The above outlined strategy of PTI remains an evolving strategy, which will continue to improve through a feedback process. It is, however, the first initiative by any mainstream political party of Pakistan (and maybe the developing world) to not only clearly articulate a "green" development agenda but also extend it full political ownership as a part of its overall electoral strategy. The party remains hopeful that this politically palatable and homegrown green program will not only provide the strong impetus required for an environmentally sustainable future for Pakistan but also become a trailblazer for other developing countries searching for a pathway towards a green economy.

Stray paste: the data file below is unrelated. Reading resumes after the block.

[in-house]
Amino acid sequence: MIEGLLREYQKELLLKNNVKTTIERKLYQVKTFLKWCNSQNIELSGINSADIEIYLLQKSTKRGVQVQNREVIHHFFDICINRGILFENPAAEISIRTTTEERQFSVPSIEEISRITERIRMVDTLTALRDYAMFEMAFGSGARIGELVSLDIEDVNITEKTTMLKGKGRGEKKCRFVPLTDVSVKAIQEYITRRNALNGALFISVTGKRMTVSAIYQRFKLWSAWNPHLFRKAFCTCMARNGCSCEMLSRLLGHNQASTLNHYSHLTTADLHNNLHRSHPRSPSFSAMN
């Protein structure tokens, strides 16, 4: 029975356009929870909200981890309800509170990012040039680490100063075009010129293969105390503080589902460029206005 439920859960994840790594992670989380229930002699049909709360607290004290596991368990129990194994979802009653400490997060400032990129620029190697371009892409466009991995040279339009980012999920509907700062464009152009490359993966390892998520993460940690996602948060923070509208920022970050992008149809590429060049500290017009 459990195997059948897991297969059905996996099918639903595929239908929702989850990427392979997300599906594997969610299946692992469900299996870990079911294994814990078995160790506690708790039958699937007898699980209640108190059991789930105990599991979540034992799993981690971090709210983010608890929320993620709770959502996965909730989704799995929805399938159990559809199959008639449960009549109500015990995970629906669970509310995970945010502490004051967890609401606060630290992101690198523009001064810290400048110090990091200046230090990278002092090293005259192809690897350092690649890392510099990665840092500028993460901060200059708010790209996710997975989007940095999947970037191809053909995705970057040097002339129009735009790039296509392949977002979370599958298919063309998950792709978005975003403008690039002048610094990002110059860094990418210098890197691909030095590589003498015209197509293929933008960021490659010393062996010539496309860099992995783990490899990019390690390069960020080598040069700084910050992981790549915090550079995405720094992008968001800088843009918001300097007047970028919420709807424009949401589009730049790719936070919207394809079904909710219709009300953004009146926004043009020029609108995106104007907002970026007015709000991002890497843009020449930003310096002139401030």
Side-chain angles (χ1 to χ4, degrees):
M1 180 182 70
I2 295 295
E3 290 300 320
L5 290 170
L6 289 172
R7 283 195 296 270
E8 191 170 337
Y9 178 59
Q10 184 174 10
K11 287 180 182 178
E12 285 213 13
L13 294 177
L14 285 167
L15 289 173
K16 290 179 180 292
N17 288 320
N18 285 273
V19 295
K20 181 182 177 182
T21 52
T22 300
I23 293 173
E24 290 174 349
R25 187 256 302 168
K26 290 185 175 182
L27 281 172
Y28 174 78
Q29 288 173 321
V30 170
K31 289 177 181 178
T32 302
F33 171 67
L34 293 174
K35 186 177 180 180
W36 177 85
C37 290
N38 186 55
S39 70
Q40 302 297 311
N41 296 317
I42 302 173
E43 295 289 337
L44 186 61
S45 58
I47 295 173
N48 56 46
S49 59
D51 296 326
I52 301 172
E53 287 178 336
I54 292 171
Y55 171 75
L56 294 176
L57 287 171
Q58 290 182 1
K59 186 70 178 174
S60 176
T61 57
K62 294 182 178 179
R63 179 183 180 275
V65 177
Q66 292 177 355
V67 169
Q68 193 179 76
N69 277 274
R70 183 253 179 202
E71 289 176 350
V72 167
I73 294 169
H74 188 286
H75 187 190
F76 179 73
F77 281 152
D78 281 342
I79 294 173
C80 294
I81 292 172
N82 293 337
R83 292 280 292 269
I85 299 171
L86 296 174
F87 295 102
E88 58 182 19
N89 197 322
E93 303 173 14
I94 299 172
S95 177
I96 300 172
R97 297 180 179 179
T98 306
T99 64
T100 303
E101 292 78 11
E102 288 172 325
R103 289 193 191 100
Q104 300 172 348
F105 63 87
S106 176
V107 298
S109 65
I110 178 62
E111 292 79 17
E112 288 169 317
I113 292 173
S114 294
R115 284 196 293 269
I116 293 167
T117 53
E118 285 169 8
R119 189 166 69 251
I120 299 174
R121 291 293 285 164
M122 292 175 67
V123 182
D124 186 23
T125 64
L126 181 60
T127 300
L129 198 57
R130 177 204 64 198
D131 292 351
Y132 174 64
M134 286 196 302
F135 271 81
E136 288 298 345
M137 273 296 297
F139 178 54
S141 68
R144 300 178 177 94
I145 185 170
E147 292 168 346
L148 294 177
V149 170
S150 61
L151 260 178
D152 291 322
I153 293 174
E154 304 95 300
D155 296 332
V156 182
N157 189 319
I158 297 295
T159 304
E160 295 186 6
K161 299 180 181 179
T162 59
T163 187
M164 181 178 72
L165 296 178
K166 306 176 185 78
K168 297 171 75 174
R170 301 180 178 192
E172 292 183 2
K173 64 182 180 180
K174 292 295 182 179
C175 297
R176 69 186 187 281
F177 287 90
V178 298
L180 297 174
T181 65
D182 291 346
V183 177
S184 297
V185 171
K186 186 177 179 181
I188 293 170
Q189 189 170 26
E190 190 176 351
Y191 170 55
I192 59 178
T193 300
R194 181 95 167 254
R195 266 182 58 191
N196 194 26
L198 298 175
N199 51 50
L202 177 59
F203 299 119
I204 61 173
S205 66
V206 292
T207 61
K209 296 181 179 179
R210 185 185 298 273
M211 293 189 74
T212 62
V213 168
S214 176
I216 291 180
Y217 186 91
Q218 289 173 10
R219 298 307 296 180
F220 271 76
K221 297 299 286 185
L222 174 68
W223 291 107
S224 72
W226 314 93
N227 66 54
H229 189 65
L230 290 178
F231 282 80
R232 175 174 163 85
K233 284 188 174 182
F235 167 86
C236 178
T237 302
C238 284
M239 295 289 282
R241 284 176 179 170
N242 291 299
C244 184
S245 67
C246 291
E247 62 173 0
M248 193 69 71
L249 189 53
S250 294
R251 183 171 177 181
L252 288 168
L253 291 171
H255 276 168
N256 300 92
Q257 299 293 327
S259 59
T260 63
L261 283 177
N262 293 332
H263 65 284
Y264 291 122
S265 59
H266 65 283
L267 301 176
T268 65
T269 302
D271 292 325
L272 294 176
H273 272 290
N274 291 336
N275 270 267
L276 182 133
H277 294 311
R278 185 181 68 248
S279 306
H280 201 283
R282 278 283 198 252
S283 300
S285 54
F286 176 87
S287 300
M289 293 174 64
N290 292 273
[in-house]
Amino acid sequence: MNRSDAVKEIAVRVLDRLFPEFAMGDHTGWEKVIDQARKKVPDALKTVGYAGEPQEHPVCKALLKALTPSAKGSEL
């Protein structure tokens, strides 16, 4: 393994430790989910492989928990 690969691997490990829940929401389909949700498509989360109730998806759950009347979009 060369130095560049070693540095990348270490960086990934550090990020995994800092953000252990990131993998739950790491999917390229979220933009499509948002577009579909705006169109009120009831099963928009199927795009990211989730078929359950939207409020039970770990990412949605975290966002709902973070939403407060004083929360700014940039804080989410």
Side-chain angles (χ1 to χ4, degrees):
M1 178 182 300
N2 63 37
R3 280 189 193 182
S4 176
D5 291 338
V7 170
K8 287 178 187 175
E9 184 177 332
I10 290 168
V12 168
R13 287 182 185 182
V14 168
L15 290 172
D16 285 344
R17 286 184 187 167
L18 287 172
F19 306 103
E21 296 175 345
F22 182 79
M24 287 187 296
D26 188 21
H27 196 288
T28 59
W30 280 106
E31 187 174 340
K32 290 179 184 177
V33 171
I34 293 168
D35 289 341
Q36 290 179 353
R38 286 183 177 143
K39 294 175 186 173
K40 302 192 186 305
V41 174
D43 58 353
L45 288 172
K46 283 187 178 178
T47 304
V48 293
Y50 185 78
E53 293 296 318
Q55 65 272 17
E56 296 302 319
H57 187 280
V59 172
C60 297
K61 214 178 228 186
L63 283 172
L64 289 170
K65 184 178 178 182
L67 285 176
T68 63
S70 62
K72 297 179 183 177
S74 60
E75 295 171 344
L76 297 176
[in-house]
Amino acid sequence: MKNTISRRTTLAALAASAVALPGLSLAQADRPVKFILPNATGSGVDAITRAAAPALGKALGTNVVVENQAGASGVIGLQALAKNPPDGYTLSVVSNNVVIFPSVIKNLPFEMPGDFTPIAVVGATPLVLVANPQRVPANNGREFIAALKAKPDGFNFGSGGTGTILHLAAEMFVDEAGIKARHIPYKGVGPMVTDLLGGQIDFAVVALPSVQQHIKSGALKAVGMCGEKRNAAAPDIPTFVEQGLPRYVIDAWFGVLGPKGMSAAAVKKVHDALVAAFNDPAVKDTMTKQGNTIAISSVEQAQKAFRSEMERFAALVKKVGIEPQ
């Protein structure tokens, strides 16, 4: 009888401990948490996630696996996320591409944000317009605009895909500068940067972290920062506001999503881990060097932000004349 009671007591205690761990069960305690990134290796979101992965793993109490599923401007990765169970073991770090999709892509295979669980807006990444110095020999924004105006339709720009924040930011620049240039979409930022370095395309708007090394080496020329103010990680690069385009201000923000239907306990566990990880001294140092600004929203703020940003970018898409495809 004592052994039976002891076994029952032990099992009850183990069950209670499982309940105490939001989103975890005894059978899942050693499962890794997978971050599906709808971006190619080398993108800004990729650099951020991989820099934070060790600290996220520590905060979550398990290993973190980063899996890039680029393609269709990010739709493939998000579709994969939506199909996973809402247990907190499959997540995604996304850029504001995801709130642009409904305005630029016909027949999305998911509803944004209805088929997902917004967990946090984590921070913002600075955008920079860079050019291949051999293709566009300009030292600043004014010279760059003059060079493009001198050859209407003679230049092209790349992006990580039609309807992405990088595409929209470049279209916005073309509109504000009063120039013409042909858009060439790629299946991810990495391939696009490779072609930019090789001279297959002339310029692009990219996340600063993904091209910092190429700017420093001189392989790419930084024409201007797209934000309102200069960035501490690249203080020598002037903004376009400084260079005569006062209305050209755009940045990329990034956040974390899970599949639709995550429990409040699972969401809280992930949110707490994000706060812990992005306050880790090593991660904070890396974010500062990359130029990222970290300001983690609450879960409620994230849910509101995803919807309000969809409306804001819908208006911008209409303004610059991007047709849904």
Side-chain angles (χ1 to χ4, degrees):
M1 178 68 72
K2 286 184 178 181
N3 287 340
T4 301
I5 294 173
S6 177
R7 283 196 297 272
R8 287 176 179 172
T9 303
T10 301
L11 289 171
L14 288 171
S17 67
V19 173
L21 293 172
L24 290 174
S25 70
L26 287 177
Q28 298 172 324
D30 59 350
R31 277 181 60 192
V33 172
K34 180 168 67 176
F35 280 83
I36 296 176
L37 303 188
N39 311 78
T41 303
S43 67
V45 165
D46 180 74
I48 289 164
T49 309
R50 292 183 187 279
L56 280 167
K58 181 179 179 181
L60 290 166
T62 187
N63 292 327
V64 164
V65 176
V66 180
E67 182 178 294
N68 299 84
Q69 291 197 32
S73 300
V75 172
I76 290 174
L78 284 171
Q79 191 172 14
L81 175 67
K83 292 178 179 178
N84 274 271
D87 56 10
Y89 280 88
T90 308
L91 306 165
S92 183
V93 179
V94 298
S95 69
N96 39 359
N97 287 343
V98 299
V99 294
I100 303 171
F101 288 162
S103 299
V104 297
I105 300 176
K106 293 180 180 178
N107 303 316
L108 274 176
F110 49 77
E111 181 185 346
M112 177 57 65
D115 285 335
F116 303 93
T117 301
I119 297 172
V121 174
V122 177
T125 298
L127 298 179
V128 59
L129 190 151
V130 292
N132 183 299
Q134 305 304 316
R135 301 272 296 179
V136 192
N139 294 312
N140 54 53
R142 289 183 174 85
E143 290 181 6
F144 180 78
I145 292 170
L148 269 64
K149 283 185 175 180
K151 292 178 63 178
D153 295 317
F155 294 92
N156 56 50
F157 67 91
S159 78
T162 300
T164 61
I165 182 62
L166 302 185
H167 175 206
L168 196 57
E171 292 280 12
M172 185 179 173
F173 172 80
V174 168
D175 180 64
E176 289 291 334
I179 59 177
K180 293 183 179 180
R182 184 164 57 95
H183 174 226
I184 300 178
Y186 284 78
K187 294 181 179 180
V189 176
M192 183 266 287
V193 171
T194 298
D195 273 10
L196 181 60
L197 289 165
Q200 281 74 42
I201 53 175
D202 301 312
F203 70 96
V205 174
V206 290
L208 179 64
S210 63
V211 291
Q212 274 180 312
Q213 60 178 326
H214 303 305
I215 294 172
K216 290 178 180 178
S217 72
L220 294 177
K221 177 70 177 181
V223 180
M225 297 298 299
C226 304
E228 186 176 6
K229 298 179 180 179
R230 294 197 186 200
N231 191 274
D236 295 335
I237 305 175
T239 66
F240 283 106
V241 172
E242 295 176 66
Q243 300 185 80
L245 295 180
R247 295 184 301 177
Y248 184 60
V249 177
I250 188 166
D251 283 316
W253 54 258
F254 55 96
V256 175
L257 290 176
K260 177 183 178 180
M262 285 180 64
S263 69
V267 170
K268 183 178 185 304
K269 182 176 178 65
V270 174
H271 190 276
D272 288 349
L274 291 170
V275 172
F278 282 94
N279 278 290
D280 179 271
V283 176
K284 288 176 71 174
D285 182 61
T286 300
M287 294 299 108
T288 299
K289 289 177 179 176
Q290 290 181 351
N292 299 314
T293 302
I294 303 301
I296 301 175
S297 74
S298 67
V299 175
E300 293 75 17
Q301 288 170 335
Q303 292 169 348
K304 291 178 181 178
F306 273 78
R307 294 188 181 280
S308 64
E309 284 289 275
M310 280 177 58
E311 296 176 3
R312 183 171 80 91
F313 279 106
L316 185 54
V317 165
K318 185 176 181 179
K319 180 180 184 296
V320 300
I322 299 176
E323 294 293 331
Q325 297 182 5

For further information, here is the link to the policy presentation and a related article:
By Malik Amin Aslam Khan, Global Vice President – IUCN, Former Minister of State (Environment), Author of the “Green Development Vision” for PTI